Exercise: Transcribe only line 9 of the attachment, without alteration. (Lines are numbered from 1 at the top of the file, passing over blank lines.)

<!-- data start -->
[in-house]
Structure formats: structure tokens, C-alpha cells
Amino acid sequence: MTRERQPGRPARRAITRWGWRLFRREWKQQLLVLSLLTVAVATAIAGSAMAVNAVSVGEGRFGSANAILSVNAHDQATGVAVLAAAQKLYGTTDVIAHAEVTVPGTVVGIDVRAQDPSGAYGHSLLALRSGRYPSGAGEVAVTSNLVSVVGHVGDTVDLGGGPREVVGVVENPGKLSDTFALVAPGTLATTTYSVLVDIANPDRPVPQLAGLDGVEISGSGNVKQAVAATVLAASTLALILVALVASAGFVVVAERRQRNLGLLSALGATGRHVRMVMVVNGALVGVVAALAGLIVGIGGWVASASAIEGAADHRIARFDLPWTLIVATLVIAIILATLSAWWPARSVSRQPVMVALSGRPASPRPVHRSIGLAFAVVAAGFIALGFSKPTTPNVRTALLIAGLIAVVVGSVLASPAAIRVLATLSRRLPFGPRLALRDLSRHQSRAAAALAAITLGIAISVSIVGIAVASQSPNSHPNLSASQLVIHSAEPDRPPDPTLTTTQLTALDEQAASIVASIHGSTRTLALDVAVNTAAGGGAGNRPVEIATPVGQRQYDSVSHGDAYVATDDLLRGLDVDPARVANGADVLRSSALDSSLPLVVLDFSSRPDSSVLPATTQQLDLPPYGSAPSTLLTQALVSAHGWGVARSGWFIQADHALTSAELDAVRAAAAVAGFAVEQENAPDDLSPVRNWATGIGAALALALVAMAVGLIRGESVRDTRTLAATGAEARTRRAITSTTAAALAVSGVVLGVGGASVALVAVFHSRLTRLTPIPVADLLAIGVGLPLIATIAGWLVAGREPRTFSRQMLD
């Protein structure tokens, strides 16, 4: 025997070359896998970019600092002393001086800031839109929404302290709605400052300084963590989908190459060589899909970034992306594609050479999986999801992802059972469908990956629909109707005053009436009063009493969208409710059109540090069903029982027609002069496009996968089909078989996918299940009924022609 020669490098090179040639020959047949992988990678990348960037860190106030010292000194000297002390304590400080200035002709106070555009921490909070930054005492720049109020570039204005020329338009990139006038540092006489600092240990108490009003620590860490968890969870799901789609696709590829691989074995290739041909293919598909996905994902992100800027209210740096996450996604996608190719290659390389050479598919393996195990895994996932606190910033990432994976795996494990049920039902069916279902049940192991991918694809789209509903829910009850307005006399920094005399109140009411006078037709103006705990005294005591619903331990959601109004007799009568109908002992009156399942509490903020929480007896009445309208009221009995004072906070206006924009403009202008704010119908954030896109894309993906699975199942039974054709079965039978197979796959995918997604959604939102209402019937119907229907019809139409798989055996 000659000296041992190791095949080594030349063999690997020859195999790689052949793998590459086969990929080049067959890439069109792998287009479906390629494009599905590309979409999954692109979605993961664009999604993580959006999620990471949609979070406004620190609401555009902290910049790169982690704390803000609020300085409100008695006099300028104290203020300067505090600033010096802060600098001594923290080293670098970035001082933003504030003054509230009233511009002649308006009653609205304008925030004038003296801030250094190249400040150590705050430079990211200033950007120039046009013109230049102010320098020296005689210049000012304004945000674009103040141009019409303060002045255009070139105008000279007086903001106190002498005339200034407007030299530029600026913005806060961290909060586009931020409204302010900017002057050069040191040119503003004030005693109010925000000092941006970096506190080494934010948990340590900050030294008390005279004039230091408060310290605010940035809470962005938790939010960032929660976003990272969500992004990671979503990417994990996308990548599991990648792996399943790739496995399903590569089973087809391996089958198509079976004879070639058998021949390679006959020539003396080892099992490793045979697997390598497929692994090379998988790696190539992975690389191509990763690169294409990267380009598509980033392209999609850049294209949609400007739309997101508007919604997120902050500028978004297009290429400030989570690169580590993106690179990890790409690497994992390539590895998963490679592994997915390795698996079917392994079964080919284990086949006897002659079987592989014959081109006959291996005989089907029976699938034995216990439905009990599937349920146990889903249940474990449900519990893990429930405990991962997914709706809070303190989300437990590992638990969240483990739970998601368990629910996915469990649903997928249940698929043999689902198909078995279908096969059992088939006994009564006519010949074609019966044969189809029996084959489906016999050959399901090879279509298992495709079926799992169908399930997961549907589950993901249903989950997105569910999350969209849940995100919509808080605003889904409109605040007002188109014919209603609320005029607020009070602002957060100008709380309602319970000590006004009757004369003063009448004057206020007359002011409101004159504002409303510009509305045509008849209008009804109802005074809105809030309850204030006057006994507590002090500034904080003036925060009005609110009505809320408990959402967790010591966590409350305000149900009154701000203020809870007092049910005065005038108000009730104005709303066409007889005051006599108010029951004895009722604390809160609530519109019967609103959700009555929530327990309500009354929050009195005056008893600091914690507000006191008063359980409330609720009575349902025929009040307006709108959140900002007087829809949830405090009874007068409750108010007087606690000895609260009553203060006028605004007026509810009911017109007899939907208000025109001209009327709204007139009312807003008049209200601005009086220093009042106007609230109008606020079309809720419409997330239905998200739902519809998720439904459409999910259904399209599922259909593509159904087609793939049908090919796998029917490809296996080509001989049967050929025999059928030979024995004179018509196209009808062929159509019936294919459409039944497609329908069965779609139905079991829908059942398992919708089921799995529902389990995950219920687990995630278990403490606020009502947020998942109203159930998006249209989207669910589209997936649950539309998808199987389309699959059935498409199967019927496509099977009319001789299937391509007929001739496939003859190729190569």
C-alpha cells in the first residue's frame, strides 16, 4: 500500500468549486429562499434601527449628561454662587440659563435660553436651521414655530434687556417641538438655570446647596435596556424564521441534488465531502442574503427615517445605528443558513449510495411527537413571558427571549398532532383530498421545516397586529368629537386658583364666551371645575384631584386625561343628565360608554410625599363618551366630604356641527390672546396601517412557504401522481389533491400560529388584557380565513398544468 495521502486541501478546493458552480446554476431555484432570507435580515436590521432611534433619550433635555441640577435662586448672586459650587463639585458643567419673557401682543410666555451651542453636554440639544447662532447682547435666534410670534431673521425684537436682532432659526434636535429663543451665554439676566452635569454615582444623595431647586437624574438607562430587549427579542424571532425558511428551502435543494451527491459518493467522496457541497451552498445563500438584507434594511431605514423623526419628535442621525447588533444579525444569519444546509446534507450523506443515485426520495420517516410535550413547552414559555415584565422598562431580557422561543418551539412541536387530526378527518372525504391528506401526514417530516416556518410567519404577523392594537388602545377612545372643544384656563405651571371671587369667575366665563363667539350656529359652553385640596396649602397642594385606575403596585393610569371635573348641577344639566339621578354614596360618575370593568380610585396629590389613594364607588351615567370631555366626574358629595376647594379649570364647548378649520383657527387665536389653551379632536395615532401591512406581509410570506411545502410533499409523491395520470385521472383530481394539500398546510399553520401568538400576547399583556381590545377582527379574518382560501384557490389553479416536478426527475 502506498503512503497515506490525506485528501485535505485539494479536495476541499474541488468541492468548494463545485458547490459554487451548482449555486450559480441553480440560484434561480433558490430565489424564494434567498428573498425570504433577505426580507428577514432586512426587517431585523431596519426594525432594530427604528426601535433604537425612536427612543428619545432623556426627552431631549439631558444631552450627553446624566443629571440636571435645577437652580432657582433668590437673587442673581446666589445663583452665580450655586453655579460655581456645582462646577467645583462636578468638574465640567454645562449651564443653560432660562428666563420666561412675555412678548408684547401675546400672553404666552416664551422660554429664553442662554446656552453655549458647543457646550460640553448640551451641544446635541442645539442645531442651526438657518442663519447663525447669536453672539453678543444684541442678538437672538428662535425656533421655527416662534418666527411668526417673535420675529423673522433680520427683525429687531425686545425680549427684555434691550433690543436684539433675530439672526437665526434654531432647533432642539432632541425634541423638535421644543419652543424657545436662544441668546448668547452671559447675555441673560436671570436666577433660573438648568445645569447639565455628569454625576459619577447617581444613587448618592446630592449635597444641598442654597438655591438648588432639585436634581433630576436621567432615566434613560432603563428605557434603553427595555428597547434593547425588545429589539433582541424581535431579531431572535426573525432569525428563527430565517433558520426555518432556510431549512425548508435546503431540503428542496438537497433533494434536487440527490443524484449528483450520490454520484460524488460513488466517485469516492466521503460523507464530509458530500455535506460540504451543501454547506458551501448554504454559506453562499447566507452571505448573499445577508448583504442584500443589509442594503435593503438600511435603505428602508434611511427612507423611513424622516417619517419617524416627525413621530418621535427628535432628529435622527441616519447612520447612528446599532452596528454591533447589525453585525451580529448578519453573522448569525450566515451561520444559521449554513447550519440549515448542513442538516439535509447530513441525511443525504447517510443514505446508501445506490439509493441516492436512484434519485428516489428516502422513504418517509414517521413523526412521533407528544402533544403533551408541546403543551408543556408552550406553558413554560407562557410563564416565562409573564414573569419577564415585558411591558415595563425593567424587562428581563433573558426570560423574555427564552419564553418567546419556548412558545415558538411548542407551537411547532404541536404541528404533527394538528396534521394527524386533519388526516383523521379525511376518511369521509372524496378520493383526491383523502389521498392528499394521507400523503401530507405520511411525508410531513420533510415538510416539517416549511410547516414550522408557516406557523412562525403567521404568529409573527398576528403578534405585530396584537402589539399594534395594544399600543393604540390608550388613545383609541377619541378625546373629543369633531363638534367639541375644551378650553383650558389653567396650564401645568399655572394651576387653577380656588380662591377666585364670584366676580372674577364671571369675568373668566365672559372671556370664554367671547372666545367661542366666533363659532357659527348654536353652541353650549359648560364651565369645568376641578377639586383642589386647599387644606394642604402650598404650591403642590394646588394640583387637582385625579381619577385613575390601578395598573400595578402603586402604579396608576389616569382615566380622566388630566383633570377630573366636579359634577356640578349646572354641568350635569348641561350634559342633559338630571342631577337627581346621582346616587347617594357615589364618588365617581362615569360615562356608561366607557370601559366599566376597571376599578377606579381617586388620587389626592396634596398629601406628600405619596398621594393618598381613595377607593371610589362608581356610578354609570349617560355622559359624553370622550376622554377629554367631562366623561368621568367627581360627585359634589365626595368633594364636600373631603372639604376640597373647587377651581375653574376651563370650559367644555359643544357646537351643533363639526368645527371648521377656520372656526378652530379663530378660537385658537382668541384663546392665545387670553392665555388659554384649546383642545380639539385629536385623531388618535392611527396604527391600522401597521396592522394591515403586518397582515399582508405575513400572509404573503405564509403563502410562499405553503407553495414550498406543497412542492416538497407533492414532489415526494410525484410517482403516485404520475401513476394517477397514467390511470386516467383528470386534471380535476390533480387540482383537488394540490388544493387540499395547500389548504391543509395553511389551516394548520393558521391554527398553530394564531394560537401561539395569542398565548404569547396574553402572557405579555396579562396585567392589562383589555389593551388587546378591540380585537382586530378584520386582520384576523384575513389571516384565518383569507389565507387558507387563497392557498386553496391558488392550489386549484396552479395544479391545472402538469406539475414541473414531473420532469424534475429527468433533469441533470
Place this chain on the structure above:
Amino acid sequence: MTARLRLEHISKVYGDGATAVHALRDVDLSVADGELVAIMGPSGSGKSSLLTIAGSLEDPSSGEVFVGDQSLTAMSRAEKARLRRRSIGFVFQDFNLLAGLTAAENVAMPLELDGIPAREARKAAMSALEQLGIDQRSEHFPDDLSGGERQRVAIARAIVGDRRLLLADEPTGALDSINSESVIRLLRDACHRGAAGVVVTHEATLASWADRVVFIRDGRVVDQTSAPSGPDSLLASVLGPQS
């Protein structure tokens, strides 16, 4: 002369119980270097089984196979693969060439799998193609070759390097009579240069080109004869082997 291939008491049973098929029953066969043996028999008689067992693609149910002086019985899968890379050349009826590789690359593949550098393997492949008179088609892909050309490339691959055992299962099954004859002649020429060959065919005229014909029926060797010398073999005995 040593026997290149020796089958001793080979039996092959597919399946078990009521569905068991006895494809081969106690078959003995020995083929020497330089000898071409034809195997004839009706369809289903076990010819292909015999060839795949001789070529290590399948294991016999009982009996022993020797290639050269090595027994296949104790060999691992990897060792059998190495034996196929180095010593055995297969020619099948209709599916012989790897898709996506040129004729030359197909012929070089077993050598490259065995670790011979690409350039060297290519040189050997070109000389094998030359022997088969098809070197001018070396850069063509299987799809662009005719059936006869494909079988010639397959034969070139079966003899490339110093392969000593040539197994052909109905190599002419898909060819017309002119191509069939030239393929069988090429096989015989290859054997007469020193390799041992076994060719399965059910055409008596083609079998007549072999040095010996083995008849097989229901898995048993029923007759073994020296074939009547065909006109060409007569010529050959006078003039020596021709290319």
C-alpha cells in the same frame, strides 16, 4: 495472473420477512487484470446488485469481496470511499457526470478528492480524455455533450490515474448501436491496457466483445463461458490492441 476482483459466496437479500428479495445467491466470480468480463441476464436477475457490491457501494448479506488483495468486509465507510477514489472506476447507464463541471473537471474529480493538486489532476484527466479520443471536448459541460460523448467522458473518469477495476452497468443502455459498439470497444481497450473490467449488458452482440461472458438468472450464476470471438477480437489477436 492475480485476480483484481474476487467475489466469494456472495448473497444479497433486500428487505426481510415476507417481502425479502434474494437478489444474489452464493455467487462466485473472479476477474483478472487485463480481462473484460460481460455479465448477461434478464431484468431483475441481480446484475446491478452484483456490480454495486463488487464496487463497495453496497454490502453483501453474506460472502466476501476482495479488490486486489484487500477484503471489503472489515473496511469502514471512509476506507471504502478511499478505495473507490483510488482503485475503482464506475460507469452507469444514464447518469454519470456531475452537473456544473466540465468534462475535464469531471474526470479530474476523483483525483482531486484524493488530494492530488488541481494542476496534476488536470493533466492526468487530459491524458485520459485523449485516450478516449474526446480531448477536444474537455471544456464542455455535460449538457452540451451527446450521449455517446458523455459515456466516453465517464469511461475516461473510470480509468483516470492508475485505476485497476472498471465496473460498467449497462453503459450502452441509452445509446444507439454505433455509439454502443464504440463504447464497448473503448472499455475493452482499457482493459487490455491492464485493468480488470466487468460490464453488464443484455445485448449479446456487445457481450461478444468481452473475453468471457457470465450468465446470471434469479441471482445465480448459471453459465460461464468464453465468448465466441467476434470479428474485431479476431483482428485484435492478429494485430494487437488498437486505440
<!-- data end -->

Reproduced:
C-alpha cells in the same frame, strides 16, 4: 495472473420477512487484470446488485469481496470511499457526470478528492480524455455533450490515474448501436491496457466483445463461458490492441 476482483459466496437479500428479495445467491466470480468480463441476464436477475457490491457501494448479506488483495468486509465507510477514489472506476447507464463541471473537471474529480493538486489532476484527466479520443471536448459541460460523448467522458473518469477495476452497468443502455459498439470497444481497450473490467449488458452482440461472458438468472450464476470471438477480437489477436 492475480485476480483484481474476487467475489466469494456472495448473497444479497433486500428487505426481510415476507417481502425479502434474494437478489444474489452464493455467487462466485473472479476477474483478472487485463480481462473484460460481460455479465448477461434478464431484468431483475441481480446484475446491478452484483456490480454495486463488487464496487463497495453496497454490502453483501453474506460472502466476501476482495479488490486486489484487500477484503471489503472489515473496511469502514471512509476506507471504502478511499478505495473507490483510488482503485475503482464506475460507469452507469444514464447518469454519470456531475452537473456544473466540465468534462475535464469531471474526470479530474476523483483525483482531486484524493488530494492530488488541481494542476496534476488536470493533466492526468487530459491524458485520459485523449485516450478516449474526446480531448477536444474537455471544456464542455455535460449538457452540451451527446450521449455517446458523455459515456466516453465517464469511461475516461473510470480509468483516470492508475485505476485497476472498471465496473460498467449497462453503459450502452441509452445509446444507439454505433455509439454502443464504440463504447464497448473503448472499455475493452482499457482493459487490455491492464485493468480488470466487468460490464453488464443484455445485448449479446456487445457481450461478444468481452473475453468471457457470465450468465446470471434469479441471482445465480448459471453459465460461464468464453465468448465466441467476434470479428474485431479476431483482428485484435492478429494485430494487437488498437486505440